Diverse portfolios ensure at least some investments will be in the capital market's top performing category at any given time, regardless of what's hot and what's a flop. And you will never be fully invested in the year's losers. Different securities tend to perform uniquely at any point of time and with a diverse mix of assets, a portfolio will be less likely to suffer extreme losses that would impact concentrated portfolios. At the most basic level it is simple practice of not putting all your eggs in one basket; yet, at the root of diversification is a concept called correlation, which is a measure of how the returns of investment asset classes move together. Studies suggest when you collect different assets that have low correlations in a portfolio, you may be able to get more return while taking on the same level of risk, or the same returns
In a recent post, I wrote that utilities-as an asset class-are not currently offering enough yield to justify their risk levels, although individual utilities may be worth considering. This begs the question as to which utilities look relatively more attractive than the sector as a whole and how we might determine this.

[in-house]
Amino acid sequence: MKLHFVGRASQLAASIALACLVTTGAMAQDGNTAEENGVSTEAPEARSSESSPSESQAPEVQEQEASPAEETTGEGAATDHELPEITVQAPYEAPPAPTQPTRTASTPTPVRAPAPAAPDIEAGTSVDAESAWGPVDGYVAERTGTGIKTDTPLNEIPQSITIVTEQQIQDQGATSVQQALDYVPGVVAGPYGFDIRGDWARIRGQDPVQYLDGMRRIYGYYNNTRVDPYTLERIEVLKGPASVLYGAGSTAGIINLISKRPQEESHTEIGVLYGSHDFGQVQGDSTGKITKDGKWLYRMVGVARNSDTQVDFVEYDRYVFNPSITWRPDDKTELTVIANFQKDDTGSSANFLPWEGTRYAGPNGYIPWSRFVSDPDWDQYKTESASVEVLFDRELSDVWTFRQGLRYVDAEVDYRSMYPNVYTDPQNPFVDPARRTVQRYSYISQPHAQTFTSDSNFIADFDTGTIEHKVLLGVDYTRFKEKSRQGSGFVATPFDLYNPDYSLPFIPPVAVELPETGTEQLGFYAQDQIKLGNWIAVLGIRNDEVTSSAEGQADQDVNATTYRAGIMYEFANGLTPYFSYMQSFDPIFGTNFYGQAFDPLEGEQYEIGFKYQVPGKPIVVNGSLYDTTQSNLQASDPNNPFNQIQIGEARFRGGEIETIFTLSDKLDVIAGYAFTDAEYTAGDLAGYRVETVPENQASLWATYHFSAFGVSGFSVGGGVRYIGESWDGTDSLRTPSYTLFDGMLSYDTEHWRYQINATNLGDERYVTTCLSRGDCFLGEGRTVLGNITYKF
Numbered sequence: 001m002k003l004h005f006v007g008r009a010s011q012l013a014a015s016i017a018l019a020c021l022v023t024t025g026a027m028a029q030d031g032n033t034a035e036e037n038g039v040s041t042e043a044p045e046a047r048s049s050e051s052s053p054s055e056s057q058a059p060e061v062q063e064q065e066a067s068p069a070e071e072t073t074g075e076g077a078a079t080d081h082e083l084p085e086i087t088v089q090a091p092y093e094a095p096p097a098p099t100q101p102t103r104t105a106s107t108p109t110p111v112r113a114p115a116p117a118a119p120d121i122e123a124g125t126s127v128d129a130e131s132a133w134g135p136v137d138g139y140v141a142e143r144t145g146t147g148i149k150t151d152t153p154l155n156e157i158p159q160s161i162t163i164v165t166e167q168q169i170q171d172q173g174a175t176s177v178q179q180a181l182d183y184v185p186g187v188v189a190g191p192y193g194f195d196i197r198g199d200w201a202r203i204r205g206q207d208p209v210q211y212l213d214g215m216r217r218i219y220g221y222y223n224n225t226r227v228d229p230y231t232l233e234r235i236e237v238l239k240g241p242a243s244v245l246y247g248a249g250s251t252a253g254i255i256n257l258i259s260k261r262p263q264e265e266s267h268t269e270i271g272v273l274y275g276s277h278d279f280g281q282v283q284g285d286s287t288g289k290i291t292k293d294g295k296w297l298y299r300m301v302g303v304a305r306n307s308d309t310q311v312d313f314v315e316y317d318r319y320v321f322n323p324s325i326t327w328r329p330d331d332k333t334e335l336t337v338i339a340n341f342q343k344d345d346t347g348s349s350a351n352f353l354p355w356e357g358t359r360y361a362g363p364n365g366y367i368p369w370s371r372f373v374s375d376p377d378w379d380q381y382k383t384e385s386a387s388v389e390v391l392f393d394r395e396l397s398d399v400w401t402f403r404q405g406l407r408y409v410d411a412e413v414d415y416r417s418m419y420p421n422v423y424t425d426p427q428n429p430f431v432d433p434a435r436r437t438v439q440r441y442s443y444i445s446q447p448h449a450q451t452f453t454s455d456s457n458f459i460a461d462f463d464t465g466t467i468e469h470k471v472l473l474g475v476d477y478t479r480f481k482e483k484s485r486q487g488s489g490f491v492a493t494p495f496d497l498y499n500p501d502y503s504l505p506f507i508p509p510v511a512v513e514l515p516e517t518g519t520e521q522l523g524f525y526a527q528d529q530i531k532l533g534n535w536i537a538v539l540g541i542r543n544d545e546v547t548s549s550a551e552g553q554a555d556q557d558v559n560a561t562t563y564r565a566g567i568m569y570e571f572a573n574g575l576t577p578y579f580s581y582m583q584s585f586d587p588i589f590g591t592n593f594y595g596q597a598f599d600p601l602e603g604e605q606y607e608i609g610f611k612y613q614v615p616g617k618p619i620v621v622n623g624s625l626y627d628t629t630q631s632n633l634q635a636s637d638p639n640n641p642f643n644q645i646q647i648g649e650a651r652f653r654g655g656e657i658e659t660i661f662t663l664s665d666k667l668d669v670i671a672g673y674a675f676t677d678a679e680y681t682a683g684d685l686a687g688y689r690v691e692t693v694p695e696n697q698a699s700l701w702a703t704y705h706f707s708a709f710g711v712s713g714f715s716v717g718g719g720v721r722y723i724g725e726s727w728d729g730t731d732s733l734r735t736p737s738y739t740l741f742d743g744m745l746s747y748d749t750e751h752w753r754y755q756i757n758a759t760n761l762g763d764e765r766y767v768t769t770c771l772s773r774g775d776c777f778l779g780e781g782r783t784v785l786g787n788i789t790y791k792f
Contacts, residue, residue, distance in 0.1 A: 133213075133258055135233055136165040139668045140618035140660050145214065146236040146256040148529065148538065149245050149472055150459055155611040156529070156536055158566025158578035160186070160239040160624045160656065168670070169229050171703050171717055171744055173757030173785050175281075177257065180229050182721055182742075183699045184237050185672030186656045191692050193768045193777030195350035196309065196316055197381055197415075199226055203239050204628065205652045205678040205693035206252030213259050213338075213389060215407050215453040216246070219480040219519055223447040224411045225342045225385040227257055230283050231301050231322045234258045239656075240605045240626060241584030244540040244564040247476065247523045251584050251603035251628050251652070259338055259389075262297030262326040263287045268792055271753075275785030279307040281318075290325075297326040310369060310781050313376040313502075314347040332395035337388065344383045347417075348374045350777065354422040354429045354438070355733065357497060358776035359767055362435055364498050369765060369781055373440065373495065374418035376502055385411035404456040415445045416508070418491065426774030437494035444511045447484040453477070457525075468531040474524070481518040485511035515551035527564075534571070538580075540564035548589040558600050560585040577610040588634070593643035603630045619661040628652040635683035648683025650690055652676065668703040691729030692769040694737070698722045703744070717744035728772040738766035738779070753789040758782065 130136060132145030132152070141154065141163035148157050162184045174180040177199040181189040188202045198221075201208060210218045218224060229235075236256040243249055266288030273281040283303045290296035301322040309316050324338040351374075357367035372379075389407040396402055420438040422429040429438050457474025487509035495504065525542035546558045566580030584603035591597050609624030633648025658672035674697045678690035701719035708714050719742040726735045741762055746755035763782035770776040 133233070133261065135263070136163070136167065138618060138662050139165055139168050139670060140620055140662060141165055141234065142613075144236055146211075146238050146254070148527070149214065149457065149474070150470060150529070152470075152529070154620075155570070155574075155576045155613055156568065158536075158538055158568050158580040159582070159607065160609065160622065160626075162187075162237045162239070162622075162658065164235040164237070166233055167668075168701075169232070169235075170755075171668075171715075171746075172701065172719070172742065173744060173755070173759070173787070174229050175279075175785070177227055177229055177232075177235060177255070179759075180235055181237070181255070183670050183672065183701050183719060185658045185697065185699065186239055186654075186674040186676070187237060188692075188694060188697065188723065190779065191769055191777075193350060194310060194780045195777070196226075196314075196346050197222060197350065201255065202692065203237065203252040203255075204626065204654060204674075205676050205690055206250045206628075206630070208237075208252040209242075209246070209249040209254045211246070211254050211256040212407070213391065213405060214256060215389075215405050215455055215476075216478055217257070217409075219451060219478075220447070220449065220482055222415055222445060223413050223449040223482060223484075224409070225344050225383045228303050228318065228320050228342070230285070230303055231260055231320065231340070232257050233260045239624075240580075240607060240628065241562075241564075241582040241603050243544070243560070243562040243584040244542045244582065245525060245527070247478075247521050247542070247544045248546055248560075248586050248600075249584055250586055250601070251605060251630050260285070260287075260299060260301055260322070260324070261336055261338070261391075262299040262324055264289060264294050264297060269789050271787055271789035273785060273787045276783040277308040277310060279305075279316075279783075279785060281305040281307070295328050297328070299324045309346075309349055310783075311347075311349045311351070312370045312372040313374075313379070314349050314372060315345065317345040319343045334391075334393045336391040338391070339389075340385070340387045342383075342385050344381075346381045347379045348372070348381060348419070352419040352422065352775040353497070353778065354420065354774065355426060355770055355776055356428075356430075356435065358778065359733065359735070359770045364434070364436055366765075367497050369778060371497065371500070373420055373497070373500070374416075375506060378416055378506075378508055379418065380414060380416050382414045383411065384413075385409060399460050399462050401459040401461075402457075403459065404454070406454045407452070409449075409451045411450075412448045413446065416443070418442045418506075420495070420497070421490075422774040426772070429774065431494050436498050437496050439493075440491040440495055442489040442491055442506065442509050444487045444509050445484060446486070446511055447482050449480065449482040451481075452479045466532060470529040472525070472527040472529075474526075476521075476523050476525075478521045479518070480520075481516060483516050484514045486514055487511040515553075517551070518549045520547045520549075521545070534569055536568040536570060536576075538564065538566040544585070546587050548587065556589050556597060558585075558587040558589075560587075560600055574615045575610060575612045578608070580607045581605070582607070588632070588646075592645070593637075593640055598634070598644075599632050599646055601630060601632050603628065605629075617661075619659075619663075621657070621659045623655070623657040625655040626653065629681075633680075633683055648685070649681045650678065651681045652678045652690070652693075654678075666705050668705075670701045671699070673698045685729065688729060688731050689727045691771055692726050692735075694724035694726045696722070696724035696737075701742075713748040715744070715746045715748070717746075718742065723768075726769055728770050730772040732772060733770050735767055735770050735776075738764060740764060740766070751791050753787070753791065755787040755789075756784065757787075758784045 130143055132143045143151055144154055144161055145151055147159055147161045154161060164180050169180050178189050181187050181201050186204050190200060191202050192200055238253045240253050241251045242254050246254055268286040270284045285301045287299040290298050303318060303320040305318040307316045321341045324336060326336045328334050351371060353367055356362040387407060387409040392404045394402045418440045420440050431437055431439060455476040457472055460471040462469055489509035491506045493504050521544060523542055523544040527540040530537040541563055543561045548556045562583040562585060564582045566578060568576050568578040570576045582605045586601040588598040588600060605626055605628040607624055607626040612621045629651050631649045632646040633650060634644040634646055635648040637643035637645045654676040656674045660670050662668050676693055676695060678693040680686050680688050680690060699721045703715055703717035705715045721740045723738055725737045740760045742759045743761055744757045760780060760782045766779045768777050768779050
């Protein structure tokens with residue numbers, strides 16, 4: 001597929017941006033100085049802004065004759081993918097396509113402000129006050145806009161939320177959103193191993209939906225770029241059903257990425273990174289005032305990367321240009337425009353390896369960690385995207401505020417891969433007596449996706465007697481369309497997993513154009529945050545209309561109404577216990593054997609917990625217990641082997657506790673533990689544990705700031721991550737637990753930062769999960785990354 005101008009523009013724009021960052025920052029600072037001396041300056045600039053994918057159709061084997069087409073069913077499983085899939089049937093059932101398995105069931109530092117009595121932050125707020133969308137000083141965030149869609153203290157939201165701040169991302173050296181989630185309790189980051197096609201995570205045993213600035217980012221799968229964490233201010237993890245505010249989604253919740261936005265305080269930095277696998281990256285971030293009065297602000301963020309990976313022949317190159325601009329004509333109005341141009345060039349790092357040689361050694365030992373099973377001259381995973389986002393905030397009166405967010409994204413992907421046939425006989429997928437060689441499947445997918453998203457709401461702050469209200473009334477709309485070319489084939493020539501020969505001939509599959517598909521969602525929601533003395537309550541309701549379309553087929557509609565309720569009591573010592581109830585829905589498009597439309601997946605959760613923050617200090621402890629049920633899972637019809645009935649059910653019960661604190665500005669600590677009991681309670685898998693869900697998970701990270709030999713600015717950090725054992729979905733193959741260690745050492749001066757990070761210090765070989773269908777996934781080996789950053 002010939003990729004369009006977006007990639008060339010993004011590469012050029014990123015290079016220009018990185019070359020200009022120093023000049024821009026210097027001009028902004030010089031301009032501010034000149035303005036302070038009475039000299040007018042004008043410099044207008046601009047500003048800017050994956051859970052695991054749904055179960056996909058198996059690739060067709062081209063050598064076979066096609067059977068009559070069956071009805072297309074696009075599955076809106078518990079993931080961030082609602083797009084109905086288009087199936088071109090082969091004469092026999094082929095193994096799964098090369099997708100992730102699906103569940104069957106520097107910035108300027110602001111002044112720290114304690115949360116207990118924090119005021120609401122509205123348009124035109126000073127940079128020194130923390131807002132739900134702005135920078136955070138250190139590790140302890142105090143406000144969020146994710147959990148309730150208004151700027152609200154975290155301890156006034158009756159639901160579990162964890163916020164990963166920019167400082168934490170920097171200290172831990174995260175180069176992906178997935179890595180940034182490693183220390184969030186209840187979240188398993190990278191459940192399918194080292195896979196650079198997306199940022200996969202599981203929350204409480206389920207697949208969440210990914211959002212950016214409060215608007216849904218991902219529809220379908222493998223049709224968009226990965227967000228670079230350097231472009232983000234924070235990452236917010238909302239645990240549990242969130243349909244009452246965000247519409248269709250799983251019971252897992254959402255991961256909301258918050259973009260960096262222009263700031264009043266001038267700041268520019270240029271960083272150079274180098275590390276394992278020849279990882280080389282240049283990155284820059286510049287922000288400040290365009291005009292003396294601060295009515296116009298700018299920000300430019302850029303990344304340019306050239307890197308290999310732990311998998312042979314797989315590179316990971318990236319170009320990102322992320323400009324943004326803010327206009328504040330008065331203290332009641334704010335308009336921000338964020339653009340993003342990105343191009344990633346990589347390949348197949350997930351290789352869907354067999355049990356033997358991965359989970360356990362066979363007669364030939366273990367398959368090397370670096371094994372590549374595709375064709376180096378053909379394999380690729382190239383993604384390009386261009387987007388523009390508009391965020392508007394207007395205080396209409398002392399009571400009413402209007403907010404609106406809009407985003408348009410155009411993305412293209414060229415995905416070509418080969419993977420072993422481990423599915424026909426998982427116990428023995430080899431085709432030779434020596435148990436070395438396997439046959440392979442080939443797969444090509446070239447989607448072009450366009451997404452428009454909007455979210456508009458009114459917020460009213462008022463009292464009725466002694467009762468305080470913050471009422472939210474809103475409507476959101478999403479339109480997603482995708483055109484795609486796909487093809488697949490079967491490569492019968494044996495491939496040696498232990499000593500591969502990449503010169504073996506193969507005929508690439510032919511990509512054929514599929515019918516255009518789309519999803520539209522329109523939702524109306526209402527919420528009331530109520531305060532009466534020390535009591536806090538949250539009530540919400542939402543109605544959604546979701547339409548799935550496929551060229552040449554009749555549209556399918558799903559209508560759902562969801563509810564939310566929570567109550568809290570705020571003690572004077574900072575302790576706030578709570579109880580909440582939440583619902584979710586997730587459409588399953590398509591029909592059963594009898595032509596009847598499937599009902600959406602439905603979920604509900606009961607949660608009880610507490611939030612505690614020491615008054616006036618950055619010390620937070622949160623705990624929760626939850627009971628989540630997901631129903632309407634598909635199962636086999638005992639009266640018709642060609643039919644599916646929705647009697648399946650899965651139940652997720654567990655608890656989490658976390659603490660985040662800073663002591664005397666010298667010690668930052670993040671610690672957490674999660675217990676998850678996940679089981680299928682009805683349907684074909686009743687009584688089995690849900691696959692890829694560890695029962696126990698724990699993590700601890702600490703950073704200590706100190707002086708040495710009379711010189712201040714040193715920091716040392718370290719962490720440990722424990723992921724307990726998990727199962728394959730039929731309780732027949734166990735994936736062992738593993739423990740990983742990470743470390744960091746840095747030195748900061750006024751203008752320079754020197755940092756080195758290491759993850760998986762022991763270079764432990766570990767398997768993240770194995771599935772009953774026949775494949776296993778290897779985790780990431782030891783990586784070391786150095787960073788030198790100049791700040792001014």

In my approach to designing income portfolios, I focus on two metrics: yield and risk. Yield is directly observable and risk is observable in hindsight but tends to have a high level of persistence. I am not going to go into depth here, but I have written a number of articles comparing historical risk levels, projected risk levels, and option implied volatility. They tend to be remarkably consistent. My approach to calculating a projected risk combines trailing risk for an asset-say the iShares U.S. Utility ETF (IDU)-with a model that adjusts this volatility based on the correlation
I just saw an analysis of how various asset classes performed during the four-month period after Ben Bernanke suggested that the time for the Fed to cut back on its bond purchasing program was approaching. The markets reacted dramatically -- what has been referred to as the 'taper tantrum.' The summary chart is shown below:
(click to enlarge)
Source: Brian Levitt, Oppenheimer Funds (article in Forbes)
This chart shows returns on various asset classes over the period from 5/2/2013 to 9/5/2013. The article notes that the yield on 10-year Treasury bonds rose 137 bps (1.37%) over this period. The results are dramatic for a number of reasons. First, of course, the relative gains and losses from various sectors or asset classes are huge. Telecom stock and utility stocks declined by 10.8% over four months. This is truly dramatic. On the other hand, it is the norm for utilities to